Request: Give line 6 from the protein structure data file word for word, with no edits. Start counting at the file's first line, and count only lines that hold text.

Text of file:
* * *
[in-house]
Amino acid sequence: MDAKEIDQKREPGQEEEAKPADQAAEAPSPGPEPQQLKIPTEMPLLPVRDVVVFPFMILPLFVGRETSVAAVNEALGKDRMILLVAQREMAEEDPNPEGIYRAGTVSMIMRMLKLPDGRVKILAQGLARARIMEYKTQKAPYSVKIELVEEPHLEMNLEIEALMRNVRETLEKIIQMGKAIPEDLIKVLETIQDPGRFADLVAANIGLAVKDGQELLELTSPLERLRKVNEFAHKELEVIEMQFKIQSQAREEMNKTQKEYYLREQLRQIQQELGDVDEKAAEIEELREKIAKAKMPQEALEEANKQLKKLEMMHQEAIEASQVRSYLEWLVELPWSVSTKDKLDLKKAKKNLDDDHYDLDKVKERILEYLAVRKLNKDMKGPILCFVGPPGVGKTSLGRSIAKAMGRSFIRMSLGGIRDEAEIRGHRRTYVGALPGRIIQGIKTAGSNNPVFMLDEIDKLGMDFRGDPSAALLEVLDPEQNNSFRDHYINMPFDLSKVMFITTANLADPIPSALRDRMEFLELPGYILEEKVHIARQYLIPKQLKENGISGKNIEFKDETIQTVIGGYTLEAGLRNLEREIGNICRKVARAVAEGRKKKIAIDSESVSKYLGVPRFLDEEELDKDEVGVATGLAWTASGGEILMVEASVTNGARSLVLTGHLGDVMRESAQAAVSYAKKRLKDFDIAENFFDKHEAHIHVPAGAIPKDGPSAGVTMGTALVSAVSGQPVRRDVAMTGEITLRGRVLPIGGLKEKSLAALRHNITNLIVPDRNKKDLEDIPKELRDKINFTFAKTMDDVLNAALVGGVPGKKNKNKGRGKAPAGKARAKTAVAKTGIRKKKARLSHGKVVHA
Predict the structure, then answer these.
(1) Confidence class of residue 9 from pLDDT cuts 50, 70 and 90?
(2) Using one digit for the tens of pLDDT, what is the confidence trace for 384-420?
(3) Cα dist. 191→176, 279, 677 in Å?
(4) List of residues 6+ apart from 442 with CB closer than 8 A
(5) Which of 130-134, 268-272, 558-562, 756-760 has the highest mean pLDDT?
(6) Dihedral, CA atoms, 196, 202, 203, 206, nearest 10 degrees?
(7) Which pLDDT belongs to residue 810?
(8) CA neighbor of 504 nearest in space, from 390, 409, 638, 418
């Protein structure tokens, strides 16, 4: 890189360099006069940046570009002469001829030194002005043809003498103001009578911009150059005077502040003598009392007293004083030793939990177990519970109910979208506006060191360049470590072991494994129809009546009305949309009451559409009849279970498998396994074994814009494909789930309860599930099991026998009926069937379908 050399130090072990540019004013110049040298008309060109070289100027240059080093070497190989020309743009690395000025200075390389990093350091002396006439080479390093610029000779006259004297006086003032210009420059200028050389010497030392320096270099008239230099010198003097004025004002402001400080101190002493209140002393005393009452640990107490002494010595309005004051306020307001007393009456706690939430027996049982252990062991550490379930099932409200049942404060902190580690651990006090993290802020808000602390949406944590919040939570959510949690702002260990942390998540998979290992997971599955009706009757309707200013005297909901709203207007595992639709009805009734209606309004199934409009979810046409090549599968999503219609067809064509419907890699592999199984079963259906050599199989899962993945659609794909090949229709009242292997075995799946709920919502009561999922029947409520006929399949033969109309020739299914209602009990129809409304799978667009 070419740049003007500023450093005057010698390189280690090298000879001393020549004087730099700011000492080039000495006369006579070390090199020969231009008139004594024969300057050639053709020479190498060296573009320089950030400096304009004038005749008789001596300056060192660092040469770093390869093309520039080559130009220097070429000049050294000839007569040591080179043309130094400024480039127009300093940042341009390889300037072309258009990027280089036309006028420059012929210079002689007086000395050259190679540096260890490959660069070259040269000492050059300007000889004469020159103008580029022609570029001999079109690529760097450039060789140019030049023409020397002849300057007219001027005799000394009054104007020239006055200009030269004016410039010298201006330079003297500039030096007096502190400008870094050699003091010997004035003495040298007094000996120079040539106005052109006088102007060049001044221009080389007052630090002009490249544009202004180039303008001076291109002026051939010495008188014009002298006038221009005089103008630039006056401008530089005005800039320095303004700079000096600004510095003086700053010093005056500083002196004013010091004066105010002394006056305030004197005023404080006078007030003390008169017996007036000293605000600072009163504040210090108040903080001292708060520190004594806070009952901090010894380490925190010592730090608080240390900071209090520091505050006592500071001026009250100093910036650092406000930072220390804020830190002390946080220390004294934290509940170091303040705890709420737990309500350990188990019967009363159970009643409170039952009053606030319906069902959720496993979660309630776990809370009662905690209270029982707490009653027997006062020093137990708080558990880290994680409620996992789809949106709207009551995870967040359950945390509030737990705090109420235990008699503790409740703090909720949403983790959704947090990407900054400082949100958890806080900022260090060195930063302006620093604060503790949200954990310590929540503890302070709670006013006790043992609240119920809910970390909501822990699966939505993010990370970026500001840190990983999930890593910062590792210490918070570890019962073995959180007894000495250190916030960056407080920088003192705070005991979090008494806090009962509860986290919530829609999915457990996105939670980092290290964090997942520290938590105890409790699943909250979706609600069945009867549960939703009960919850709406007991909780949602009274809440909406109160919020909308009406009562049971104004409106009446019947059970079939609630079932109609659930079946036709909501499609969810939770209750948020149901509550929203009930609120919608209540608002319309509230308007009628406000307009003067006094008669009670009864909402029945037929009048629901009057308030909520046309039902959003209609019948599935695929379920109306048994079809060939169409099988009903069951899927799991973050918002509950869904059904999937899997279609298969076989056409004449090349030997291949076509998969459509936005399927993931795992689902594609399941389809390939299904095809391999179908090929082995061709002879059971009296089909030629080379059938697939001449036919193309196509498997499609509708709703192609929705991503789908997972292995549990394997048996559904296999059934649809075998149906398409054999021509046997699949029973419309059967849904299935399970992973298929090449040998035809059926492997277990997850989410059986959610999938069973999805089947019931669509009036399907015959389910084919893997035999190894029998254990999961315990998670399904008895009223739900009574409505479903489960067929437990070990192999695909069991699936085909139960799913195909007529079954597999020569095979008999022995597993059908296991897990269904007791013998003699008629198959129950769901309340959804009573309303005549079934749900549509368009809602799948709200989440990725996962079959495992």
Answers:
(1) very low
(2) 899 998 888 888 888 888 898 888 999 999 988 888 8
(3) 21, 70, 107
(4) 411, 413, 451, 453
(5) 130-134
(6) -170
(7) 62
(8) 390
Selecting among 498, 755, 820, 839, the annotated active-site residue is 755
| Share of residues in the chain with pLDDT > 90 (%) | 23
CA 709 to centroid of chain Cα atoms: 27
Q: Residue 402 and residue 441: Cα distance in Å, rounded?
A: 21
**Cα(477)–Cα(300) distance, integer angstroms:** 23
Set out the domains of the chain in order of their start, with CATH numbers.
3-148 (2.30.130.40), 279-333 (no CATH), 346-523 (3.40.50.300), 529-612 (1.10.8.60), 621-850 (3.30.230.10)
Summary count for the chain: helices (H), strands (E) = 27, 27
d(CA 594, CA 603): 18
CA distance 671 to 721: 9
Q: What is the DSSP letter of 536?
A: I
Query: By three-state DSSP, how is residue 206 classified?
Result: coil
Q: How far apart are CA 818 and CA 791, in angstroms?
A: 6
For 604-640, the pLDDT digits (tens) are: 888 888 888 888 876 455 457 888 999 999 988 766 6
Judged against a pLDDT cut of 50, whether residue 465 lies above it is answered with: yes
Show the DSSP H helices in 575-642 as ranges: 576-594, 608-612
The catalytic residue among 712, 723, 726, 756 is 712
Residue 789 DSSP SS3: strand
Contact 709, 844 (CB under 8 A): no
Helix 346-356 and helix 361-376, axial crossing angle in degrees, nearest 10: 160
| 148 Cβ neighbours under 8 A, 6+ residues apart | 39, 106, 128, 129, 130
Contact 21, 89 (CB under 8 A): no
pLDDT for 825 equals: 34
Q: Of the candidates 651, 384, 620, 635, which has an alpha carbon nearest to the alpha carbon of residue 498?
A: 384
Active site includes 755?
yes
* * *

(3) Cα dist. 191→176, 279, 677 in Å?